In the morning students write pre-interview questions: How long have you worked at the band office? Where did you learn to speak Cree? Where does your family come from? What is your job title?
Students research contact information: internet, Sasktel 411, friends of friends. I have one of the contact's cell number. I text him to see if I can give out his cell. He texts back. Sure. They write focus statements. Lesley gives tutorials on audio and photography equipment.
After lunch, period five English geared up, Lesley and I board the bus, Cory driving. We arrive at the All Nations Healing Hospital for a tour. Michelle meets us, wearing two hats, one as our editor in the First Nations and Metis Leadership Literacy project, and one hat in her role at the All Nations Healing Hospital. She will start us on the tour, but we have strict instructions not to take pictures of any people without their consent. I even have consent forms in my backpack, just in case. This is a photo scouting trip, a technology trial, a capacity expanding opportunity.
As we sit in a sunken waiting area, a fireplace in the centre, we learn how the four elements -- fire, earth, water and air -- have been incorporated into the hospital. How a bird's eye-view shows a medical cross and the circle. We tour the circle clockwise, a traditional direction, Michelle explains. I have brought students here before, but never armed with cameras and audio recorders. I'm a nervous hen, clucking at her chicks, trying to keep them close and focused.
We pass offices of dietitians, counsellors, health program directors, physiotherapists, and many others who are off in communities, being accessible. We circle back into the main area and talk with the cafeteria staff, snap pictures of a waterfall and the flowing water tile. I especially love the timber poles throughout the building.
Next we tour the state-of-the-art hospital, through emergency, and long hospital hallways with bright, spacious rooms, full of equipment. Our new tour guide even straps one of our students into a lift chair, just to show him how it's done. We check out the Women's Health Centre from the doorway and get to go right into the x-ray room.
We end the tour back on the other half of the hospital at the White Raven Healing Centre. Wendal Starr explains that we are allowed to take pictures throughout because no ceremonies are currently taking place. He explains the unique attributes of the hospital: elements, design, materials, philosophies. We circle from room to room, office to office, ending up at the ceremony room. The students walk into the circular room, touch the furs on the floor, respectfully listen. Then we go across to the medicine room, a collection of plants, ground and whole. We're offered Horse tea in little medicinal cups. We listen to the benefits of horse tea.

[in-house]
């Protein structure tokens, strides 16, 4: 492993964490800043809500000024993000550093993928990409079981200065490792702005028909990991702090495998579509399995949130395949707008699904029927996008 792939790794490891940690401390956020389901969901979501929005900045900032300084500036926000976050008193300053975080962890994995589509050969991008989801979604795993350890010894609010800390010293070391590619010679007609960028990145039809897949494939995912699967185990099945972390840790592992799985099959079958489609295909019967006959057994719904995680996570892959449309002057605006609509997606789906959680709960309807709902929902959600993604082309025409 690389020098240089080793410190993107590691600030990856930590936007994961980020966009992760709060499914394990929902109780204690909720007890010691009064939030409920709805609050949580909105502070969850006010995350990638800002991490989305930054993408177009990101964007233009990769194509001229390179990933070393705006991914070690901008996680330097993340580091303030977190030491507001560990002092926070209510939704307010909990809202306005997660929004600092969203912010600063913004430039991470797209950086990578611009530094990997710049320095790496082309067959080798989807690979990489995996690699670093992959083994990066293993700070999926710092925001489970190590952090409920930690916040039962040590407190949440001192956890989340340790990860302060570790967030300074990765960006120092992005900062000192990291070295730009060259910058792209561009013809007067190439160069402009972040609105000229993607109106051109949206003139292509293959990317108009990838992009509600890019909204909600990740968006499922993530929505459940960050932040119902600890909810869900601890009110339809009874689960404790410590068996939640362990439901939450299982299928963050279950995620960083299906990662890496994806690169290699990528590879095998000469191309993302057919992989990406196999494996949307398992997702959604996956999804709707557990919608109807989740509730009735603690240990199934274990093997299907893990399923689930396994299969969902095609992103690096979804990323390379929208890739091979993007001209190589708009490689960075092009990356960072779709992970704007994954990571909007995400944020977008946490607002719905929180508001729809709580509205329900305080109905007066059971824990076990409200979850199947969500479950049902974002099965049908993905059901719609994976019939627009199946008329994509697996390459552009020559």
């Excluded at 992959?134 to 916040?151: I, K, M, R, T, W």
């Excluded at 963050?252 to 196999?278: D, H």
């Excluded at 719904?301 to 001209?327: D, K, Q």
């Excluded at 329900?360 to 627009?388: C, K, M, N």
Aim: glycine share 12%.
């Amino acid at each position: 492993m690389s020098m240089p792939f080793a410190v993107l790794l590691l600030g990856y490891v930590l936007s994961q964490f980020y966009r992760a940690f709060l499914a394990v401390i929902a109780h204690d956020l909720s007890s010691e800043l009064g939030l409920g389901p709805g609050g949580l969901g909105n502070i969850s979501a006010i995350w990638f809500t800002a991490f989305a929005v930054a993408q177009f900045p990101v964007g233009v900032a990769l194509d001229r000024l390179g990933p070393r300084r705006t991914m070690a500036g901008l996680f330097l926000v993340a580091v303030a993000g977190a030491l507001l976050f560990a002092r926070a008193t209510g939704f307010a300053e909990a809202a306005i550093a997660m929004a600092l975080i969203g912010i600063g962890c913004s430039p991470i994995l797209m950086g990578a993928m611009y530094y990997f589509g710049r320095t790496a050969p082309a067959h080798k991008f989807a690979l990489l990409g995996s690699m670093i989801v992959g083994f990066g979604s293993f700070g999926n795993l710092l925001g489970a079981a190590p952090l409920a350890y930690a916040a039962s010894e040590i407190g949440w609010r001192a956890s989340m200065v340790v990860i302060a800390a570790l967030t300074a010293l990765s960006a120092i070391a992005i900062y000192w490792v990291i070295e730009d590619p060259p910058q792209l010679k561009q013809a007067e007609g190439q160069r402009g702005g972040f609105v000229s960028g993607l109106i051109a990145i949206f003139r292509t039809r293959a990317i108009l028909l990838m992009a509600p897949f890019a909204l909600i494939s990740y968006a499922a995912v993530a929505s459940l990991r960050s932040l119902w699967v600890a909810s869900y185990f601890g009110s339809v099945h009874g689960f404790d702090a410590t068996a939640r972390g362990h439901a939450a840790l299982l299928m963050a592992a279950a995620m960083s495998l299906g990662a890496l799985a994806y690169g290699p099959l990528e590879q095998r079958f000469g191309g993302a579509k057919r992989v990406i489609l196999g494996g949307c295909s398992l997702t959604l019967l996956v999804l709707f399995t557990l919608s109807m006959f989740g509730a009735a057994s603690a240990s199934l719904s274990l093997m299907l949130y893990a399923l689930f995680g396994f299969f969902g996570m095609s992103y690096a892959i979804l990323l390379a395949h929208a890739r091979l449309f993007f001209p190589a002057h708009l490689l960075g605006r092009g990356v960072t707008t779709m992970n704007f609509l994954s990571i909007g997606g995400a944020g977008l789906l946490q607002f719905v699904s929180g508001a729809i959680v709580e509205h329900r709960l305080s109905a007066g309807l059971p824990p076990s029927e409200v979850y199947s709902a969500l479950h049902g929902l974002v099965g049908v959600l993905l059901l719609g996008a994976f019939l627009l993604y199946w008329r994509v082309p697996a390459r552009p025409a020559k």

I'm walking home and I'm visualizing the plants in the medicine room. Wendal had explained that upwards of 80% of modern medicine has roots in First Nations medicine.
My own Grandpa Cecil told a story about when he was a little boy, living in Thesslon, next to an Ojibway reserve, now Thessalon First Nation, I believe. He had ringworm and the doctors were able to cure him, except not the infection in his eye and his bottom.
Frank Bamagezik, an elder, asked my Great Grandfather, why he wasn't treating the boy. The doctors can't do anything, said my Great Grandfather. Bamagezik went home and returned with a poultice in a big tin. He applied it to my Grandfather and wrapped him up.
In three days, when Bamagezik returned, taking off the wrapping, Grandpa was healed.
My Great Grandfather asked Bamagezik, "Why don't you share this with the doctors, they didn't know how to cure it."
My Grandfather would often tear up when he quoted Bamagezik, "Tom, they've taken our land and our livelihood; they're not going to take our medicine, too."